Data can be captured everywhere on the web, but is there any intelligence that interprets this data and makes it available for critical decision making?
And what do I mean by critical decision making? Those decisions that you have to make when you either build that new mobile app or launch a social media program for your clients. These are the decisions that give you the best return on your investment.
You shouldn’t feel like a metrics failure. In fact, you join most of those struggling with the overwhelming amount of data and lack of information in the web analytics universe.
So, what is the real problem? Part of the problem is that data is really easy to get. In fact, you can add, subtract, multiply and divide this data to satisfy every potential question about the web. The rest of the problem relates to the old adage - just because you CAN, doesn’t mean you SHOULD.
So…why do we?
Like overachieving hoarders, we collect data and stack reports believing that, someday, an executive will ask a question about the web that can be found buried in your metrics. We continue this behavior until the monthly report takes three weeks to build and disseminate. We avoid being nimble and agile, because we might “miss something." We collect everything because we are afraid of making the choices about what is important. We fear the answer that we might have to give the executive: “We made the decision that collecting and analyzing the data to answer your question was not a priority, or not cost-effective.”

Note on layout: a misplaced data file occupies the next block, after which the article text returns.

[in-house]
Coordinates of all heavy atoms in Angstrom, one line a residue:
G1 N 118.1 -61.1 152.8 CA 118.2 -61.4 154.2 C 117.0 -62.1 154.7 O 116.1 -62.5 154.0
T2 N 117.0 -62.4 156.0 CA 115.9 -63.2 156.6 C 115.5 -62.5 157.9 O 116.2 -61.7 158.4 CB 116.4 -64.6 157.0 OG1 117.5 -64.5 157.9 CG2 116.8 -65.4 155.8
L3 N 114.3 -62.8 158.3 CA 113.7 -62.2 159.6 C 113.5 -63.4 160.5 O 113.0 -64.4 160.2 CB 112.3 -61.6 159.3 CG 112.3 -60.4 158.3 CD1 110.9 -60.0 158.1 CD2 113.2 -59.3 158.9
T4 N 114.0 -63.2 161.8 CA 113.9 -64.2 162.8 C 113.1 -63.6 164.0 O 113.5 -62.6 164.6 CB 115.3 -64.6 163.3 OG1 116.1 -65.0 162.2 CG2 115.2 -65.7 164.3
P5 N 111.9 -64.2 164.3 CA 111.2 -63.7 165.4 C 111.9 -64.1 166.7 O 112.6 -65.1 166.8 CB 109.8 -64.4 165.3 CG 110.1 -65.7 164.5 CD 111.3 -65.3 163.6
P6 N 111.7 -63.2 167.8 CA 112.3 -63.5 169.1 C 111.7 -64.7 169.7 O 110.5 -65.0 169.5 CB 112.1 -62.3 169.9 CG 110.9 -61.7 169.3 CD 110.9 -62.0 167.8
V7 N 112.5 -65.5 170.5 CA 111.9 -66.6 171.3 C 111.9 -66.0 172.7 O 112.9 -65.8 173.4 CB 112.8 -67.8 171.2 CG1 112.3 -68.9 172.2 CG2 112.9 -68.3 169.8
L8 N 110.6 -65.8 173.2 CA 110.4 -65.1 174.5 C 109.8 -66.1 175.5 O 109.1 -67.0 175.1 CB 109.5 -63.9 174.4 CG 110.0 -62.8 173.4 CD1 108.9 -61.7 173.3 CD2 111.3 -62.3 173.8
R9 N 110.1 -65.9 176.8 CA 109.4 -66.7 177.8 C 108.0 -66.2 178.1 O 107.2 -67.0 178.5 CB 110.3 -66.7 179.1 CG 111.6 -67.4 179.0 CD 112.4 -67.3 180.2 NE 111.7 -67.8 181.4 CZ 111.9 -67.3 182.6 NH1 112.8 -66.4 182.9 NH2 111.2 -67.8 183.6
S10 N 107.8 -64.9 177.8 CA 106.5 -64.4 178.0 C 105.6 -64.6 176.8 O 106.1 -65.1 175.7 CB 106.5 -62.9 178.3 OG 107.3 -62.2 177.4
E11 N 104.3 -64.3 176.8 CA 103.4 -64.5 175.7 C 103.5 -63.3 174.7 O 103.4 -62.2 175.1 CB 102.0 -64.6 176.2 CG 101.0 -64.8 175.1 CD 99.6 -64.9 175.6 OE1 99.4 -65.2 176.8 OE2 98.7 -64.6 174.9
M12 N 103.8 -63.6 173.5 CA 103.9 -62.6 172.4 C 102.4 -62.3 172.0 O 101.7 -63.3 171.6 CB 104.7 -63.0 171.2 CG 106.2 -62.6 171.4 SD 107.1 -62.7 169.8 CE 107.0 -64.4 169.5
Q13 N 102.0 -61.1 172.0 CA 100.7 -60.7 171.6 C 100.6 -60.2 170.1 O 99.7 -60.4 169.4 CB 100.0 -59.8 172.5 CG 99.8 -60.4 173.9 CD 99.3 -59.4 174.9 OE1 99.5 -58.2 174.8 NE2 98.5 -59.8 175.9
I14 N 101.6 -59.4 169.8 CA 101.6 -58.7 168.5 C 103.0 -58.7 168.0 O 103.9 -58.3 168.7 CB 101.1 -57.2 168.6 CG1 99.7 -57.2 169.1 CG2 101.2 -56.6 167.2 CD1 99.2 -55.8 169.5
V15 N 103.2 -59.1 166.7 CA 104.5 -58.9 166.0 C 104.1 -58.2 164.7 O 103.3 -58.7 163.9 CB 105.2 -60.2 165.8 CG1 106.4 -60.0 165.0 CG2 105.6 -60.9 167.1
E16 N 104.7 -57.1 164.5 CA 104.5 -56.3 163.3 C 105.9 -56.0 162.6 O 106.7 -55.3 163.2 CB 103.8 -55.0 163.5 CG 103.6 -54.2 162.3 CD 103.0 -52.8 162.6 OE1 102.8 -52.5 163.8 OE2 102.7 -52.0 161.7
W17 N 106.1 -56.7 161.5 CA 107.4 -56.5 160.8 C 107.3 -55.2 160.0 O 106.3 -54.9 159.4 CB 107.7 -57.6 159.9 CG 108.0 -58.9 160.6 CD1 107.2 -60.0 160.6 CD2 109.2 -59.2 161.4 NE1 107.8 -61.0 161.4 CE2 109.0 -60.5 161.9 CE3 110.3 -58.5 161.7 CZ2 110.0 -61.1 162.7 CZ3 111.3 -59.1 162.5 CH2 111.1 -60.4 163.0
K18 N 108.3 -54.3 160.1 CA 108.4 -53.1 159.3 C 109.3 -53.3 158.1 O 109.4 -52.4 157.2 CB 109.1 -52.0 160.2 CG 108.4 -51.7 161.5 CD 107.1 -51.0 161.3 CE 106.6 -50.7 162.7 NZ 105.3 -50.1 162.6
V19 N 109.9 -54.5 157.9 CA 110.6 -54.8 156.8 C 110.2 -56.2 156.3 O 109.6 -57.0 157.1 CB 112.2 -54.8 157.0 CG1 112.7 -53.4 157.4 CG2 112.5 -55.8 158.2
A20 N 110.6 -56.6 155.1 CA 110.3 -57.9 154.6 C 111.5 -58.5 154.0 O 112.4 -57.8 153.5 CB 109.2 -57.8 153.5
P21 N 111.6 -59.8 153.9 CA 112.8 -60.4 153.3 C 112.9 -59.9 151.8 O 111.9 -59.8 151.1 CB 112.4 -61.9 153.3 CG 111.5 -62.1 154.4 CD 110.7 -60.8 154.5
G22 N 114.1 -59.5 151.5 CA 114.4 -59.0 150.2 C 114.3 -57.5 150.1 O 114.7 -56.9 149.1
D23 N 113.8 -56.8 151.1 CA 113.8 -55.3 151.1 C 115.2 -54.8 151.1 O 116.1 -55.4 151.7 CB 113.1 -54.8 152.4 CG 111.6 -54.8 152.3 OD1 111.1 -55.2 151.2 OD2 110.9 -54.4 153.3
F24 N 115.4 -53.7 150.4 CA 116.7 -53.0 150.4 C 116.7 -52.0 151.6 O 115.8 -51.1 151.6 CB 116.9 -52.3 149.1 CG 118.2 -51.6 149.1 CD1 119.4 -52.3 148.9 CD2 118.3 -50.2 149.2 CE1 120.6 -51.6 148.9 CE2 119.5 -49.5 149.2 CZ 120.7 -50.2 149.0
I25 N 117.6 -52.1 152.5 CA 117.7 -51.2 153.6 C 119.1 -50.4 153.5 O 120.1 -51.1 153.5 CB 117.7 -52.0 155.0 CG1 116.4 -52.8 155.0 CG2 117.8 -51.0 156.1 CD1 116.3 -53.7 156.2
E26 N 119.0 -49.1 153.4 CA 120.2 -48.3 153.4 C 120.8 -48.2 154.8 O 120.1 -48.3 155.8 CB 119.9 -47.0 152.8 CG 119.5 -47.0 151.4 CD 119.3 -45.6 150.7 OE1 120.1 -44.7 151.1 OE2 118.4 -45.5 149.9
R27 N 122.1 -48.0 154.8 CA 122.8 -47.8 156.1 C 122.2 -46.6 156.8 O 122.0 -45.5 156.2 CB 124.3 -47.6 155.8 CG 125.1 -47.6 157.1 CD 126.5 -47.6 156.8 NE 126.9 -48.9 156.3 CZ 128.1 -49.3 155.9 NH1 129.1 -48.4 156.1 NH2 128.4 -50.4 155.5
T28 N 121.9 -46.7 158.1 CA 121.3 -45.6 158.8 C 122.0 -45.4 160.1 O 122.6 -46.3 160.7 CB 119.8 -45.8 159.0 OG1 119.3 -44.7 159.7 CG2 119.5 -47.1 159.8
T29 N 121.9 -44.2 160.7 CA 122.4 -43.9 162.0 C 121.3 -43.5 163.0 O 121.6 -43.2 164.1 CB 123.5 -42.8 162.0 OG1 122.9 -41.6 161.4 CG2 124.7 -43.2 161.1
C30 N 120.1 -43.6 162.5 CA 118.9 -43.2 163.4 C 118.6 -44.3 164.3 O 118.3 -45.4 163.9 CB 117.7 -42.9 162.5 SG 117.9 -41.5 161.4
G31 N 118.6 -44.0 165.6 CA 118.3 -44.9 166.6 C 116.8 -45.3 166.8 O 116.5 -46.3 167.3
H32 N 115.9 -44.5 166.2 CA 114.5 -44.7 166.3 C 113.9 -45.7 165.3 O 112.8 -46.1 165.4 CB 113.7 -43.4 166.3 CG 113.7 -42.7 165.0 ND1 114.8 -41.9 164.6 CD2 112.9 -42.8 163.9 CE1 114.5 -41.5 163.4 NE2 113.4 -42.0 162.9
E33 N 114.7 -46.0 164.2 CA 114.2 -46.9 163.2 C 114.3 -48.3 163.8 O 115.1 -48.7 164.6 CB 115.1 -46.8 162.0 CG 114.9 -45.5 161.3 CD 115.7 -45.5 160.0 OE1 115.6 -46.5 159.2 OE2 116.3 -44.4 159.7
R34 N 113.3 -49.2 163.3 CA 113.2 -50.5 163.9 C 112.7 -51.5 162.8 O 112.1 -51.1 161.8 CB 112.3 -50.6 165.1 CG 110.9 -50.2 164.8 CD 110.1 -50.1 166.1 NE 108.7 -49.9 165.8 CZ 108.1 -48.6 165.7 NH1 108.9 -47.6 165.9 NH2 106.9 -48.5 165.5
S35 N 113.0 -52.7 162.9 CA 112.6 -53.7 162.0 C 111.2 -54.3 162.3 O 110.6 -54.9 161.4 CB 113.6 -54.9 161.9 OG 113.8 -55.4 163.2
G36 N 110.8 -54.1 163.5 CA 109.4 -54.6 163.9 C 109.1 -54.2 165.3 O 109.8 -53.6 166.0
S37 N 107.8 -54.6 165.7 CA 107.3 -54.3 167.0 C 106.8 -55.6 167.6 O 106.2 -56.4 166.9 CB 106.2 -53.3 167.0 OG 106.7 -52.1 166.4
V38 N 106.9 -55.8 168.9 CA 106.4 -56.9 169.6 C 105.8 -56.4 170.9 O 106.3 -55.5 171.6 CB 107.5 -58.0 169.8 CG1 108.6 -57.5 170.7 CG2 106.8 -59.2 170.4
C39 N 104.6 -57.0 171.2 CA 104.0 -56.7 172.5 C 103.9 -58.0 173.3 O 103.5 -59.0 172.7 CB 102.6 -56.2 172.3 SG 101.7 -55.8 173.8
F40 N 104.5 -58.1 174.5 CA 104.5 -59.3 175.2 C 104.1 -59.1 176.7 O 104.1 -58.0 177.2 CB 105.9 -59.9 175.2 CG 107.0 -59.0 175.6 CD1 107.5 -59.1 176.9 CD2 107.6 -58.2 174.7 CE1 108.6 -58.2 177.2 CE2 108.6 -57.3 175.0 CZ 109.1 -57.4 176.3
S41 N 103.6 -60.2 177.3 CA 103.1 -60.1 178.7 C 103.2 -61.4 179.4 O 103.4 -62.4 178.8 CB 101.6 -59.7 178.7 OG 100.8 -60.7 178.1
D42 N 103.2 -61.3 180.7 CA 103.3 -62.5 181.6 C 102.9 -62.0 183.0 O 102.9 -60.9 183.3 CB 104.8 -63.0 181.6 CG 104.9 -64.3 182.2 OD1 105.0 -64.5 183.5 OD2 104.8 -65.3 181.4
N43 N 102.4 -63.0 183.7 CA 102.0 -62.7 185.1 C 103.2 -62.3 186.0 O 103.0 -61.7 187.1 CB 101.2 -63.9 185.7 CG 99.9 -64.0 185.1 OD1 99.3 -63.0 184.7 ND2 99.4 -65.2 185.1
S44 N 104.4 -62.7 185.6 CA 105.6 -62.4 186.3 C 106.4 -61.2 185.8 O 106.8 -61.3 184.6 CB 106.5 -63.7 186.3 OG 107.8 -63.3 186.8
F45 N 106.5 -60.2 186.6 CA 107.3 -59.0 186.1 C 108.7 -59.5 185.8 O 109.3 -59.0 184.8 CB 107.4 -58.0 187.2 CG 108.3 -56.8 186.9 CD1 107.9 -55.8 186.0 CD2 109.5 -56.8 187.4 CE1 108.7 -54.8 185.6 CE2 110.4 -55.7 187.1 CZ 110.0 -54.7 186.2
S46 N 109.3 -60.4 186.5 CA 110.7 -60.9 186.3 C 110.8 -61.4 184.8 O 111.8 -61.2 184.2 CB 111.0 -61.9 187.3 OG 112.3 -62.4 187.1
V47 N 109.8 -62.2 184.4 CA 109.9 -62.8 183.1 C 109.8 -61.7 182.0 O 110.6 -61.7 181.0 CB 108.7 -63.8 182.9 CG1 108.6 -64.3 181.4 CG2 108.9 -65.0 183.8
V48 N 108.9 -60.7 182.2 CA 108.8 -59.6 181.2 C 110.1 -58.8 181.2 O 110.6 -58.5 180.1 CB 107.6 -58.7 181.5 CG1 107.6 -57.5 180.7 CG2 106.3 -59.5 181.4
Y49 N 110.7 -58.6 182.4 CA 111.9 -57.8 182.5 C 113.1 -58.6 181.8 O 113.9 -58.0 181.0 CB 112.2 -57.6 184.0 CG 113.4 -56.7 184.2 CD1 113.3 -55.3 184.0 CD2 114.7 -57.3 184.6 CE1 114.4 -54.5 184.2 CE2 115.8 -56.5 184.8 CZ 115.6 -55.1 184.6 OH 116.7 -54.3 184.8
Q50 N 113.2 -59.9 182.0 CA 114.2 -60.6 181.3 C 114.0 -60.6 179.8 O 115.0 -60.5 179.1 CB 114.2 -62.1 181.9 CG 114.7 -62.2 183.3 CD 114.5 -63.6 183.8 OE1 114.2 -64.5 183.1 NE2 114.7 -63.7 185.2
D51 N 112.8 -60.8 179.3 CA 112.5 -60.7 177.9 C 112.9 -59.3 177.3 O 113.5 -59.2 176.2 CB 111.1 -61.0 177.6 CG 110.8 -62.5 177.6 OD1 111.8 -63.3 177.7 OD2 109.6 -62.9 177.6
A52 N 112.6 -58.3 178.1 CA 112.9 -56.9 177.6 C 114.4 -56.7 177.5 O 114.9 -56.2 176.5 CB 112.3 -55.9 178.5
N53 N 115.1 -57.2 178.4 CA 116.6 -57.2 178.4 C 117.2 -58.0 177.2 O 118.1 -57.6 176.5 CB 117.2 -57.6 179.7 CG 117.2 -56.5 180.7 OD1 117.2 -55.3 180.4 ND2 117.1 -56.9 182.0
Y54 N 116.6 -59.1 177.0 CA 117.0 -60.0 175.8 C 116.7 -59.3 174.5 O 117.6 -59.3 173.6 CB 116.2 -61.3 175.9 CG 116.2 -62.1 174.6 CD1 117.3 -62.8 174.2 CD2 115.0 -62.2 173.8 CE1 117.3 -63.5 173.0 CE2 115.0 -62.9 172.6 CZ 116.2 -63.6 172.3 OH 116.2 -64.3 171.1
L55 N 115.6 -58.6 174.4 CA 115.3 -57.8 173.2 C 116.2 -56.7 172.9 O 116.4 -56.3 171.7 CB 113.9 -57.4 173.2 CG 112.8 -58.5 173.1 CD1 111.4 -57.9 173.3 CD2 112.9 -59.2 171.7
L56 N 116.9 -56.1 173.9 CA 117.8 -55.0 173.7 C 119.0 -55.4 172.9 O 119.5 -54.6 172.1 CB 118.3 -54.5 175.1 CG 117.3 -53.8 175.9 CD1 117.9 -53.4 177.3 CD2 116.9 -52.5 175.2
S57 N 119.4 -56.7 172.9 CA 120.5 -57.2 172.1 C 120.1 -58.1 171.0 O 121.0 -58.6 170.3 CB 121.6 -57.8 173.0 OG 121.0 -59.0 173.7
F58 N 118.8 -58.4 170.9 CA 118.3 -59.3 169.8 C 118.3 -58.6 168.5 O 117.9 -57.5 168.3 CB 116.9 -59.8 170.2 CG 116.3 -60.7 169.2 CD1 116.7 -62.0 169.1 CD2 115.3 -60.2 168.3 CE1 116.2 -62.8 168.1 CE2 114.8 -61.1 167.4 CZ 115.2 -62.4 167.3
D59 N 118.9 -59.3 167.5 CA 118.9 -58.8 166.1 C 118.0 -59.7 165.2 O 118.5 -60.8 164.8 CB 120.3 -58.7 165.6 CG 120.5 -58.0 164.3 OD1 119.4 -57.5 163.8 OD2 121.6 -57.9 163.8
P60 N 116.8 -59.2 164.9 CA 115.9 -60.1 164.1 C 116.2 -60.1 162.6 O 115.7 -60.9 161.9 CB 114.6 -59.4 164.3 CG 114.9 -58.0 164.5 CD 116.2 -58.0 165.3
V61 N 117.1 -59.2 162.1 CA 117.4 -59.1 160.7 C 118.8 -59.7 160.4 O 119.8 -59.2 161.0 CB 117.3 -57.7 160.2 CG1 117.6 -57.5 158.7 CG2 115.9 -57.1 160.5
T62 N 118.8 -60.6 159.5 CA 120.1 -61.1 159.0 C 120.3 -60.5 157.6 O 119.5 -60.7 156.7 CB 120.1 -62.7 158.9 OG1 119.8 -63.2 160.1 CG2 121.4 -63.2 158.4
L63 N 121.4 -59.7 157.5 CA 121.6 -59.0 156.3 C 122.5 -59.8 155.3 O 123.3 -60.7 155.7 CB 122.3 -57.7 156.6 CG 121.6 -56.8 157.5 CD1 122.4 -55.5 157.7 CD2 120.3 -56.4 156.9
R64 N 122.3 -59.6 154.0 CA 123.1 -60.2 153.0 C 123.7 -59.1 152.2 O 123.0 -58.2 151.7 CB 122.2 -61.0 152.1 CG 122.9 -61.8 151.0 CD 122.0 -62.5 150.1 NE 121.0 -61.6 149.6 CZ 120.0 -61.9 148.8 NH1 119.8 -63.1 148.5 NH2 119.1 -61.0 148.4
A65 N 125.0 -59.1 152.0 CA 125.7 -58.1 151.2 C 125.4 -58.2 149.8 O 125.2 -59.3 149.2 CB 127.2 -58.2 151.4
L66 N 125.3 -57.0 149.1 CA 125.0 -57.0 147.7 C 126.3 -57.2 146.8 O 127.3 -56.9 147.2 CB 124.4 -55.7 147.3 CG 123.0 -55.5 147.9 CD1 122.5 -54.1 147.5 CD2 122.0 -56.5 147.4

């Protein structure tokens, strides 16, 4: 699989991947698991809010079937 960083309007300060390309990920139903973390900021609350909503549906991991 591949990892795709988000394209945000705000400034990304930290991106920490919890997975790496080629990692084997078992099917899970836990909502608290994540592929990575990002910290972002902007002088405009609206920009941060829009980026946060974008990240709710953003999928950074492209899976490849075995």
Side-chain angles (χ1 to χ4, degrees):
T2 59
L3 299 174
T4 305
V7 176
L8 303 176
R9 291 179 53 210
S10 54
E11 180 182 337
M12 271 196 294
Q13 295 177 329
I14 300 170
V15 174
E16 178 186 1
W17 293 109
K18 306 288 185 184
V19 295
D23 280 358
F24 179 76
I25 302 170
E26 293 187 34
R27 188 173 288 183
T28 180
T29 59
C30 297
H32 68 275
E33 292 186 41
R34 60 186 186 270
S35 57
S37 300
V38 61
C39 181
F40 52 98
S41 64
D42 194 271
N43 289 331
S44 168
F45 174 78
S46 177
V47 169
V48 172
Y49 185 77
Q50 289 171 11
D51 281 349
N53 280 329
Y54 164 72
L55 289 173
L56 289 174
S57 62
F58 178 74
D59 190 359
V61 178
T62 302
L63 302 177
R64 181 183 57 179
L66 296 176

The key to all of this, of course, is to make logical, rational decisions about what to collect and understand why you are collecting it, by engaging the business and responding to their information needs. These have to be the metrics that give us insight into what functionality we fund on the web to get the best ROI.
There is a simple question that you can ask yourself to determine if the metrics you are collecting have any significance for your business: What action(s) will you take, now that you have the information captured in this metric? Based on this simple question, if the answer is that the metric is “nice to know,” or it was suggested by a consultant, or “we have always measured this,” or it just flat out “sounds important,” but still doesn’t result in action, then it is just another overhead activity that you can do without.
We don’t want metrics just because we can collect them, or they are nice to have. We want them to relate to business questions that need answers, ones that then lead to actions that positively impact the bottom line. If you can’t link a metric or small group of metrics to a specific business question, then stop collecting them!
One last thing to keep in mind…..metrics should be dynamic. Yes, I understand that need to normalize data and capture trends over time. But as the maturity of your websites evolve, as well as the maturity of the business in leveraging the technologies, your information needs will change. Your metrics should change too.